By Shevlin Sebastian
Photo: Kochi Corporation Mayor Toni Chammani speaking at the function
At the Kochi Muziris Biennale-socio-cultural benefits seminar, held at the Casino Hotel, Toni Chammani, the Mayor of the Cochin Corporation extended full support to the arts festival. “We have set aside funds for this,” he said. “The Corporation wants the event to be held. I am sure Kochi will be on the world map because of the Biennale.”
In India, Kochi has received the singular honour of staging the festival. “So we are eager for it to take place here,” said the Mayor. “The Durbar Hall art gallery has become world class because of the work done by the organisers.”
Earlier, Riyas Komu, Director of Programmes of the Bienalle, said, “There are more than 100 Bienalles all over the world. We, as a nation, are lagging behind. Through the festival, Kochi will become the cultural epicenter of India.”
The festival will host 80 artistes from India and all over the world. There will be education and public programmes to sensitise the public. And, most importantly, it will help in the development of cultural tourism. “Worldwide, more than 300 million people travel for cultural tourism,” said Komu. “We expect more than 5 lakh visitors for the Kochi Biennale.”
Meanwhile, Benny Kuriakose of the Muziris Heritage Project said that the state has set aside Rs 180 crores for the preservation of the Muziris area. “This is targeted at the 5.4 million schoolchildren in the state,” he said. There are projects to restore temples, churches and mosques including the Cheraman Juma Masjid, which is regarded as the oldest mosque in India. New boats jetties and water taxis are being put into service.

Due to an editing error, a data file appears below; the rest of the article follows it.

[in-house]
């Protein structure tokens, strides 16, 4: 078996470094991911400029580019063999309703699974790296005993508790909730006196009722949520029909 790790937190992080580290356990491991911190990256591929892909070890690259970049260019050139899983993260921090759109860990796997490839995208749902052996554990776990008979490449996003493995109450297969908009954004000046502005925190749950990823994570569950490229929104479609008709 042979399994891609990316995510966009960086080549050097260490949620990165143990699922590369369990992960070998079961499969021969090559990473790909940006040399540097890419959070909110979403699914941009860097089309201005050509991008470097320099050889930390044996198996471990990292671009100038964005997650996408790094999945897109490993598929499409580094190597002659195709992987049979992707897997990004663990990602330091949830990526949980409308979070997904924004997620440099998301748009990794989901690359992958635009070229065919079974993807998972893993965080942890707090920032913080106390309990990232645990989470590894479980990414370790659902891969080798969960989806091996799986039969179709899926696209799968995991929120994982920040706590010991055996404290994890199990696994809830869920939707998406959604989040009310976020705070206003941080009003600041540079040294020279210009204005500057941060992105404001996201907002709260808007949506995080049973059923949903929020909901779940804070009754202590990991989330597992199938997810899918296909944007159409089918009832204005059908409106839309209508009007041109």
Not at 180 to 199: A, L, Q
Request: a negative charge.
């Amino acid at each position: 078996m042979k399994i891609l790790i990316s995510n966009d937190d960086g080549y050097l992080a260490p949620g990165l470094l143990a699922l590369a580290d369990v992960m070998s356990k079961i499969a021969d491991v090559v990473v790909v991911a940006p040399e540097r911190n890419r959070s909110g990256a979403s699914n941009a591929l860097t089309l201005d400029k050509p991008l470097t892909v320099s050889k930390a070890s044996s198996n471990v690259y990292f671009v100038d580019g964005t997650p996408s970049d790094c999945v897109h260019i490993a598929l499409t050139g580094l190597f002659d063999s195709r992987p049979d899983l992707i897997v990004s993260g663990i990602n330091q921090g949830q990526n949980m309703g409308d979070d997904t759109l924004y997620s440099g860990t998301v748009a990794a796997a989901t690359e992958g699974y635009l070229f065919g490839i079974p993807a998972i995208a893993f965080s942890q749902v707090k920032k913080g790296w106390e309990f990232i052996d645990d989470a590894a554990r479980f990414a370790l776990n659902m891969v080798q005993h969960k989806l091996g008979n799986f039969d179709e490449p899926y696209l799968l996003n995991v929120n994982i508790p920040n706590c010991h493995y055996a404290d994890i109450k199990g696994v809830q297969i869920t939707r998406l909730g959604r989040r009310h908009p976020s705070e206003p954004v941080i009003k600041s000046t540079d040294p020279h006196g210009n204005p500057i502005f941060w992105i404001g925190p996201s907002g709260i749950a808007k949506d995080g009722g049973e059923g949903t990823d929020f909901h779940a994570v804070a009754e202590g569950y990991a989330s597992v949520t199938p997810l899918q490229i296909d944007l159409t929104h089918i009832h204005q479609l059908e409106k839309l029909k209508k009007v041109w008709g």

“We want to have clean canals,” said Kuriakose. “Once upon a time, the canals in Amsterdam were as dirty as ours.” A New Centre for Muziris Studies has been set up at Kodungaloor. “Apart from that, 27 museums will be set up,” said Kuriakose. “The project is being highlighted in the international media.”
Artist Balan Nambiar spoke of the impact of the Venice Biennale which he has visited about 18 times so far. “It has made a major change to Venice, in terms of boosting the economy,” said Nambiar. “I am sure the same thing will happen here. The Biennale will be a landmark in the history of Kochi”
Tongue in cheek, he also said that the controversies surrounding the project were good as it created the best publicity for the festival. “Abuse is better than indifference,” he added.
Others who spoke on the occasion included Bose Krishnamachari, artistic director of the Biennale, Tasneem Zakaria Mehta, Managing Trustee of the Dr. Bhau Daji Lad Museum in Mumbai, and Muhammed Afzal Edappakath of the Dutch Embassy in Delhi.
(The New Indian Express, Kochi)